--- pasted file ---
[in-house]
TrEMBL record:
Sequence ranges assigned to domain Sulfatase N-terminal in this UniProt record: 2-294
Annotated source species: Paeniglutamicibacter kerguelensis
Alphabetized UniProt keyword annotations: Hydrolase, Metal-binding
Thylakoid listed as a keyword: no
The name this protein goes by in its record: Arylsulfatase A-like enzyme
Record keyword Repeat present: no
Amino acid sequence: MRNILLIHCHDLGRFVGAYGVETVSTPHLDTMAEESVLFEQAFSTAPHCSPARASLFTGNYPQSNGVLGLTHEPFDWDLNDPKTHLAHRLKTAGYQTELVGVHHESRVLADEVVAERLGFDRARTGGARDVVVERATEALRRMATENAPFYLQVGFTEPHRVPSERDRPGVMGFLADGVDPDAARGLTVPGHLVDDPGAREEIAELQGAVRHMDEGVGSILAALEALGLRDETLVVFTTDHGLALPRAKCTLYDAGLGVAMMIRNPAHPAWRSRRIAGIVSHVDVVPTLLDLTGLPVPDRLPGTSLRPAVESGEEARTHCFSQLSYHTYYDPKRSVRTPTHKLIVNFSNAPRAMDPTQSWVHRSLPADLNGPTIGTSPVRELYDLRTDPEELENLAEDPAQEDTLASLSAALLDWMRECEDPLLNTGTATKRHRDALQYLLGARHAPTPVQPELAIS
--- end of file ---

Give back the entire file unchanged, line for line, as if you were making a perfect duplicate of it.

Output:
[in-house]
TrEMBL record:
Sequence ranges assigned to domain Sulfatase N-terminal in this UniProt record: 2-294
Annotated source species: Paeniglutamicibacter kerguelensis
Alphabetized UniProt keyword annotations: Hydrolase, Metal-binding
Thylakoid listed as a keyword: no
The name this protein goes by in its record: Arylsulfatase A-like enzyme
Record keyword Repeat present: no
Amino acid sequence: MRNILLIHCHDLGRFVGAYGVETVSTPHLDTMAEESVLFEQAFSTAPHCSPARASLFTGNYPQSNGVLGLTHEPFDWDLNDPKTHLAHRLKTAGYQTELVGVHHESRVLADEVVAERLGFDRARTGGARDVVVERATEALRRMATENAPFYLQVGFTEPHRVPSERDRPGVMGFLADGVDPDAARGLTVPGHLVDDPGAREEIAELQGAVRHMDEGVGSILAALEALGLRDETLVVFTTDHGLALPRAKCTLYDAGLGVAMMIRNPAHPAWRSRRIAGIVSHVDVVPTLLDLTGLPVPDRLPGTSLRPAVESGEEARTHCFSQLSYHTYYDPKRSVRTPTHKLIVNFSNAPRAMDPTQSWVHRSLPADLNGPTIGTSPVRELYDLRTDPEELENLAEDPAQEDTLASLSAALLDWMRECEDPLLNTGTATKRHRDALQYLLGARHAPTPVQPELAIS